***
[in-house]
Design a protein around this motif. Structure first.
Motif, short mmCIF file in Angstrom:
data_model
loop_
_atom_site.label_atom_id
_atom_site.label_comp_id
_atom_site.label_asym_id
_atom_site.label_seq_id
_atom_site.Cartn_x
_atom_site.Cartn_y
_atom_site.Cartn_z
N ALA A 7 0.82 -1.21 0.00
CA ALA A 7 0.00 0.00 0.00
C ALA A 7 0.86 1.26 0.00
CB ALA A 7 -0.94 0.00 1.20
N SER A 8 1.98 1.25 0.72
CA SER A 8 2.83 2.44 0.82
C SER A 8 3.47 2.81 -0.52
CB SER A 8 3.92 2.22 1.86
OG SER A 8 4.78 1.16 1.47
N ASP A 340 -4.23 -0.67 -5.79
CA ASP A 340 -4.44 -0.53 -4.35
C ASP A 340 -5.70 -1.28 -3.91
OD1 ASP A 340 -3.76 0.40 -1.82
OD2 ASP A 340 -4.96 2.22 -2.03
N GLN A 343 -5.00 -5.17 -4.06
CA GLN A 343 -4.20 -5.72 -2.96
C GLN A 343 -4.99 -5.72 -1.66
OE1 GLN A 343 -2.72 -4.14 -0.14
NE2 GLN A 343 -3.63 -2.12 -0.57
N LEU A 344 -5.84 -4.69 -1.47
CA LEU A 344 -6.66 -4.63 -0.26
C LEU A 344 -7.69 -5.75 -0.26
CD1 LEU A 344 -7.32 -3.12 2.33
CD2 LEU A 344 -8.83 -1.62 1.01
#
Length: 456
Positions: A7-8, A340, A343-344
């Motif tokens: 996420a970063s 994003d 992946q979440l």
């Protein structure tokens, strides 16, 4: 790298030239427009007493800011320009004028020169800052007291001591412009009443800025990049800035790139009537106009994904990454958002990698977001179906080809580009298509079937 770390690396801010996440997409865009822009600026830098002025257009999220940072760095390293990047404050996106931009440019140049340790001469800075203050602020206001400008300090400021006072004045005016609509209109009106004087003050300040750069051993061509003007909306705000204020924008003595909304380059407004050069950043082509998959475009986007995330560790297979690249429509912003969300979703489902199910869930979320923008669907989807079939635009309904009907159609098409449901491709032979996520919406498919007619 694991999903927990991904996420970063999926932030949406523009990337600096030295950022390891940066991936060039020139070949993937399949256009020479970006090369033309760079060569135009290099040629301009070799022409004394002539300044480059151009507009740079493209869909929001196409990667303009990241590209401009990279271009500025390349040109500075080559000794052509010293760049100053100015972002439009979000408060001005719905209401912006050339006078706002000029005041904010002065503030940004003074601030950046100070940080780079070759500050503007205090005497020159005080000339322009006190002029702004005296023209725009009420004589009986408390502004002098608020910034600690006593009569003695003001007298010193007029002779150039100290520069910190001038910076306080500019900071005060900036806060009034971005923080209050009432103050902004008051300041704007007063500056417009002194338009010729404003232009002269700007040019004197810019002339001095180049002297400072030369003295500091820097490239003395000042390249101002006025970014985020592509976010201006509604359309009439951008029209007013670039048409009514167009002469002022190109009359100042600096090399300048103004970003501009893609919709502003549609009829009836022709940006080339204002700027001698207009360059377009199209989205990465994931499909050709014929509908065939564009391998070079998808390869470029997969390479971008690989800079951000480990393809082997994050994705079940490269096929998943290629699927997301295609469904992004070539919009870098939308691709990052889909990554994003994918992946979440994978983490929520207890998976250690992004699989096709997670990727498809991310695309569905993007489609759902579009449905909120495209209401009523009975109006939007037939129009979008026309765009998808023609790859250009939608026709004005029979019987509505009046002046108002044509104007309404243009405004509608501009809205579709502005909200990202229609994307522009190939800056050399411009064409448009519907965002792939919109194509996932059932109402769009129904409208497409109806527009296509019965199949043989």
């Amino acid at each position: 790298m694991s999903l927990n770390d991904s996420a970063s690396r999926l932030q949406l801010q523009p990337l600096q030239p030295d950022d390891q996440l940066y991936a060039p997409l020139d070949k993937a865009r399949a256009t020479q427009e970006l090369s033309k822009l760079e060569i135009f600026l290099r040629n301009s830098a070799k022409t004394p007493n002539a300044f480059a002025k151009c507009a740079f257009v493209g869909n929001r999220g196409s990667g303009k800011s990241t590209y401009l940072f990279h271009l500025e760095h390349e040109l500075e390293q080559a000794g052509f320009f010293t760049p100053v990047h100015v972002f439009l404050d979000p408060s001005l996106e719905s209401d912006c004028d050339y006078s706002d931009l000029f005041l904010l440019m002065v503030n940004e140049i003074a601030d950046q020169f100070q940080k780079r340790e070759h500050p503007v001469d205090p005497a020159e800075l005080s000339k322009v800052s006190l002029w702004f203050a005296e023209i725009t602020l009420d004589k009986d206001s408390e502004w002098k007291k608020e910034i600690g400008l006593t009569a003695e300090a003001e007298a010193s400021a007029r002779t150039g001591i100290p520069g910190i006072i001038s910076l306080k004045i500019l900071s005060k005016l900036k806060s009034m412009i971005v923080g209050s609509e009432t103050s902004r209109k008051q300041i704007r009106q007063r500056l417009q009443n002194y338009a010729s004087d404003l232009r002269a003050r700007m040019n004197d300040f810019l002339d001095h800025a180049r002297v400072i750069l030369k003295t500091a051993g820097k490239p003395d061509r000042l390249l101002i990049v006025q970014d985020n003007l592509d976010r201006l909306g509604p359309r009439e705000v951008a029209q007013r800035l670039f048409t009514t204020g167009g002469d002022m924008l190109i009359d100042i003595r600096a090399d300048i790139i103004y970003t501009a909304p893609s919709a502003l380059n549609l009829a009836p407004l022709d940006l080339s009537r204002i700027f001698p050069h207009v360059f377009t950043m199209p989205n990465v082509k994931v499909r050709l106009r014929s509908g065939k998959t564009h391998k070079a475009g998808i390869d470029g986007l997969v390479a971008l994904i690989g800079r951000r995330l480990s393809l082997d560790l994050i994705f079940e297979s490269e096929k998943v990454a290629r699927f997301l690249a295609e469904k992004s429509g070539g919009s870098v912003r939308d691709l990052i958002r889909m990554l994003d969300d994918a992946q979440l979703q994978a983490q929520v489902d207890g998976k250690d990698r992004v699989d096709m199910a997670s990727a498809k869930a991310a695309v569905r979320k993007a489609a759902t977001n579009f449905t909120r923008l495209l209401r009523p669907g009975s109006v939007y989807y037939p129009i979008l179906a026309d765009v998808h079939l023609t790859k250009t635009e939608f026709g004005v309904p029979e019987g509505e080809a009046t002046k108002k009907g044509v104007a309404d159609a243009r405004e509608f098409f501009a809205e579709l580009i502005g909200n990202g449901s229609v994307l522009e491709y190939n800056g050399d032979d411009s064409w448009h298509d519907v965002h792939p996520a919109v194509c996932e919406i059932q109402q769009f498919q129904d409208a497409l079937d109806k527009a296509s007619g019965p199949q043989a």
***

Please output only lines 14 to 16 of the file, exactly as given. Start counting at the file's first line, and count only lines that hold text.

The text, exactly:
CA ALA A 7 0.00 0.00 0.00
C ALA A 7 0.86 1.26 0.00
CB ALA A 7 -0.94 0.00 1.20